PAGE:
A sniper with Canada’s elite special forces in Iraq has shattered the world record for the longest confirmed kill shot in military history at a staggering distance of 3,540 metres.
The Canadian Armed Forces confirmed that a member of Joint Task Force 2 made the record-breaking shot, killing an Islamic State insurgent during an operation in Iraq within the last month.
“The Canadian Special Operations Command can confirm that a member of Joint Task Force 2 successfully hit a target at 3,540 metres,” the forces said in a statement. “For operational security reasons and to preserve the safety of our personnel and our Coalition partners we will not discuss precise details on when and how this incident took place.”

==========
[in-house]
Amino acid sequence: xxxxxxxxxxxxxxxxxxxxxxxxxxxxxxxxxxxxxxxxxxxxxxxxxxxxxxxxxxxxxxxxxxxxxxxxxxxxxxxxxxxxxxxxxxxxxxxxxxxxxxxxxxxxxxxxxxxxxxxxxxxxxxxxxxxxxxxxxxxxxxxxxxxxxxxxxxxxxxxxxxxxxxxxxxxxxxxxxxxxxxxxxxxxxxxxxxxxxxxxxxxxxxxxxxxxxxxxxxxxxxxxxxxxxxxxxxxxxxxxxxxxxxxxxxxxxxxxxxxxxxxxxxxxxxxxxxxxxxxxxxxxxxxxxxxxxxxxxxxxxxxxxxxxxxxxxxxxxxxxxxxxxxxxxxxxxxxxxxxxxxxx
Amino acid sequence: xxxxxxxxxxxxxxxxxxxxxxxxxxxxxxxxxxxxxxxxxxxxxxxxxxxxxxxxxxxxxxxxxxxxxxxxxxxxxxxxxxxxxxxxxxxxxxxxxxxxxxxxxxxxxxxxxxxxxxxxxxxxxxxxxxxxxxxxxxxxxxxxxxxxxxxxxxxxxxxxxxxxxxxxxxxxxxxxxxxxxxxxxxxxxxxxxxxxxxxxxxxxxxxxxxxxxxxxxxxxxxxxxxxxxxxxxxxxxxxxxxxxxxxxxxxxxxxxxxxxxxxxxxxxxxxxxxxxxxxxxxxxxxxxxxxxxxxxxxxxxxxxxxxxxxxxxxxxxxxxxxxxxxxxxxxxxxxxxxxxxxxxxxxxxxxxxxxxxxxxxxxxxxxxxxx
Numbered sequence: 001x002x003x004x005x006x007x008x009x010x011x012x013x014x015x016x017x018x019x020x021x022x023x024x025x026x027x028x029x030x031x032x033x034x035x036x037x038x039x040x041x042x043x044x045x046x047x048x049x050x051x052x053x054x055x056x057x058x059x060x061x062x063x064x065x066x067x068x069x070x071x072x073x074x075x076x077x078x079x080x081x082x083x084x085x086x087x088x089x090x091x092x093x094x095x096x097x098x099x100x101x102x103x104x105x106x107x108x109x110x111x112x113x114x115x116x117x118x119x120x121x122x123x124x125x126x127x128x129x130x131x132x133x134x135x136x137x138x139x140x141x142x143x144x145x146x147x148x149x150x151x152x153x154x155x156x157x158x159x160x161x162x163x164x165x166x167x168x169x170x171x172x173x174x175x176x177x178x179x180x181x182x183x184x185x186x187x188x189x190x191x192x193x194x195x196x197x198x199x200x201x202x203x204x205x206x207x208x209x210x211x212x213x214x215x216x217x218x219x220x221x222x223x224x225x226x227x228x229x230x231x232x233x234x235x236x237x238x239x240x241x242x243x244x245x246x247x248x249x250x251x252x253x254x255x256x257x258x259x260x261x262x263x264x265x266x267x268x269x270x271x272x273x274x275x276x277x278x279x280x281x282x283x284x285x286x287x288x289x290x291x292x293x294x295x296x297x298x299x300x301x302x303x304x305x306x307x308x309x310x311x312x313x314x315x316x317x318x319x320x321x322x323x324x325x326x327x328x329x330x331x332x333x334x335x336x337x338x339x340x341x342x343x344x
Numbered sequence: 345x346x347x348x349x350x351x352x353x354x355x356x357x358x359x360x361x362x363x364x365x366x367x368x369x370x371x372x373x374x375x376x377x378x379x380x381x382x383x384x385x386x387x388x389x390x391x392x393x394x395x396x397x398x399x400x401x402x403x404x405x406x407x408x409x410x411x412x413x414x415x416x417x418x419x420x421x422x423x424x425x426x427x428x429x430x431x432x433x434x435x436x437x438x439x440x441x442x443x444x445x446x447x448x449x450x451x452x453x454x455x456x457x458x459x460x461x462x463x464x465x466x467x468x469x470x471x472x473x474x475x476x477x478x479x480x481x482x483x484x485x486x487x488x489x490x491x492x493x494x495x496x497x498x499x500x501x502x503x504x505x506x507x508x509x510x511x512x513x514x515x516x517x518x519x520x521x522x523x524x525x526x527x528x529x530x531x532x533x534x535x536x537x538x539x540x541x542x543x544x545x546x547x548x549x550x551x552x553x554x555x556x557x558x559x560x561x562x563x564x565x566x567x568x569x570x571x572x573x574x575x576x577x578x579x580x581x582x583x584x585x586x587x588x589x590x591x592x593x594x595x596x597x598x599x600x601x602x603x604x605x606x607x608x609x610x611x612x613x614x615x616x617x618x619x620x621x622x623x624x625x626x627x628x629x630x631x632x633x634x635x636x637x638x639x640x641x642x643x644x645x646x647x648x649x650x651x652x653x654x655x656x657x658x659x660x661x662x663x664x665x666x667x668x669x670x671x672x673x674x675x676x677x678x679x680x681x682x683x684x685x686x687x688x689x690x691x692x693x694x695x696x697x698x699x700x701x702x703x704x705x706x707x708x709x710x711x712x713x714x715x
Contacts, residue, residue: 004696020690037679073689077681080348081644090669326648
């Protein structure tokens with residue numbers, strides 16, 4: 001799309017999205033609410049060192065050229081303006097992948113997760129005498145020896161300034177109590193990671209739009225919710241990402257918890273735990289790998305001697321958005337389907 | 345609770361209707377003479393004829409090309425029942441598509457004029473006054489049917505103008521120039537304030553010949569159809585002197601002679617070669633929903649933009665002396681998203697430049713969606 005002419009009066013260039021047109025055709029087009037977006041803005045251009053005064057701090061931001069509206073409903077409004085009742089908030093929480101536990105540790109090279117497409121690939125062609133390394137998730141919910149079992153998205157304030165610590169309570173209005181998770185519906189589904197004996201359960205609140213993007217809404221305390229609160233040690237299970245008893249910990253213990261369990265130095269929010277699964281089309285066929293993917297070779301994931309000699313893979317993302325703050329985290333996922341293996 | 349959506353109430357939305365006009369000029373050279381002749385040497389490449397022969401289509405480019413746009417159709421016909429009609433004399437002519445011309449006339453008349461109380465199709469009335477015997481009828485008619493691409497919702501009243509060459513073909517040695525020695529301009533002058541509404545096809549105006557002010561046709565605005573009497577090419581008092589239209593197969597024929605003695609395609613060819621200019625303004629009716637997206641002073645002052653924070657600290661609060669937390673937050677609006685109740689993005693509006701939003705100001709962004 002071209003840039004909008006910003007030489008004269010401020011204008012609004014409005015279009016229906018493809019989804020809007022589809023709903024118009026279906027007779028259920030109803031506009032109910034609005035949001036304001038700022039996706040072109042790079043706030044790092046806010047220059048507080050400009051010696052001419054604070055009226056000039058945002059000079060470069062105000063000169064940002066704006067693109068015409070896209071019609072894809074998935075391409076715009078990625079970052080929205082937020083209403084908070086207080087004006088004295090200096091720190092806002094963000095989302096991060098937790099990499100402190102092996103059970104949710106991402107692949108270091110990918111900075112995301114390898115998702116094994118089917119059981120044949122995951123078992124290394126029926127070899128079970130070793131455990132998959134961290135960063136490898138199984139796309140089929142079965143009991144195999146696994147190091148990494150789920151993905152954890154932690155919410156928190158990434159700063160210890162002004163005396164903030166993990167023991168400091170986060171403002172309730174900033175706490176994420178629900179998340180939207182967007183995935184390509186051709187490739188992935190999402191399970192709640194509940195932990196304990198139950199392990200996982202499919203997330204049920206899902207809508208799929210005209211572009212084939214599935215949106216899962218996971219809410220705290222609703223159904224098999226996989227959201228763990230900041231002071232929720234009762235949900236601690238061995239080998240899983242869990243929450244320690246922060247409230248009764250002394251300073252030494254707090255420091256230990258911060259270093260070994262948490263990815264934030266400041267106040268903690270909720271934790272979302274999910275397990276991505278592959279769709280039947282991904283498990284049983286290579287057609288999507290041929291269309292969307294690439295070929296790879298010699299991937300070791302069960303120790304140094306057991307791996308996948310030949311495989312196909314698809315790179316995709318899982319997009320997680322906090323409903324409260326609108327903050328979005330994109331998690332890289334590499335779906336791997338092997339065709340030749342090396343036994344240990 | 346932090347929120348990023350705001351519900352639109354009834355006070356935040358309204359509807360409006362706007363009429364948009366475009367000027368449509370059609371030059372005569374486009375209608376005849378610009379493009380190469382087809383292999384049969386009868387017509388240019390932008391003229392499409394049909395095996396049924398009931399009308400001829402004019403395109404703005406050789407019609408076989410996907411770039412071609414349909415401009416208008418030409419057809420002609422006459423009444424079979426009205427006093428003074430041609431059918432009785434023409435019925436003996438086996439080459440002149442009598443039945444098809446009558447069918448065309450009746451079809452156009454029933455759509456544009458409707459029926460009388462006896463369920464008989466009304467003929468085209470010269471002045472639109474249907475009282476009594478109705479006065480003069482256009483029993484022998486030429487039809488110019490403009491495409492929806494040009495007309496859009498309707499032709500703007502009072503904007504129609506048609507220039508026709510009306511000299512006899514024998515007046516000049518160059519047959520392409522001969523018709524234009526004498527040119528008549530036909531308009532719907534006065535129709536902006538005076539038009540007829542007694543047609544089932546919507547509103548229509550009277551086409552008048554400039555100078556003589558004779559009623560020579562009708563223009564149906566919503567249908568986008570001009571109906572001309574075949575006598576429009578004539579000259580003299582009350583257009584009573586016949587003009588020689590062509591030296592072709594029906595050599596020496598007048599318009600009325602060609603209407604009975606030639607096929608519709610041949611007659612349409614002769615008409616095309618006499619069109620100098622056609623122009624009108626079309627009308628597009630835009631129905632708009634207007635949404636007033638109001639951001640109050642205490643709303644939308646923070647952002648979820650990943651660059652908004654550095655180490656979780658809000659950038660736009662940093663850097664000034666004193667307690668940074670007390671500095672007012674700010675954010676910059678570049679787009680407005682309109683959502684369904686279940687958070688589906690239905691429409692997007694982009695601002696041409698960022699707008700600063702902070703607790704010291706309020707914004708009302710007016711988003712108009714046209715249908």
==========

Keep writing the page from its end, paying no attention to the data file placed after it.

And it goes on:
The elite sniper was using a McMillan TAC-50 sniper rifle while firing from a high-rise during an operation that took place within the last month in Iraq. It took under 10 seconds to hit the target.
The kill was independently verified by video camera and other data.
The world record was previously held by British sniper Craig Harrison, who shot a Taliban gunner with a 338 Lapua Magnum rifle from 2,475 metres away in 2009.
Previously, Canadian Corporal Rob Furlong had set the world record in 2002 at 2,430 metres when he gunned down an Afghan insurgent carrying an RPK machine gun during Operation Anaconda.
Weeks before, Canadian Master Cpl. Arron Perry briefly held the world’s best sniper record after he fatally shot an insurgent at 2,310 metres during the same operation. Both soldiers were members of the 3rd Battalion Princess Patricia’s Canadian Light Infantry.
U.S. Sergeant Bryan Kremer has the longest confirmed sniper kill shot by a U.S. soldier. He killed an Iraqi insurgent with his Barrett M82A1 rifle at 2,300 metres in 2004.
The Globe and Mail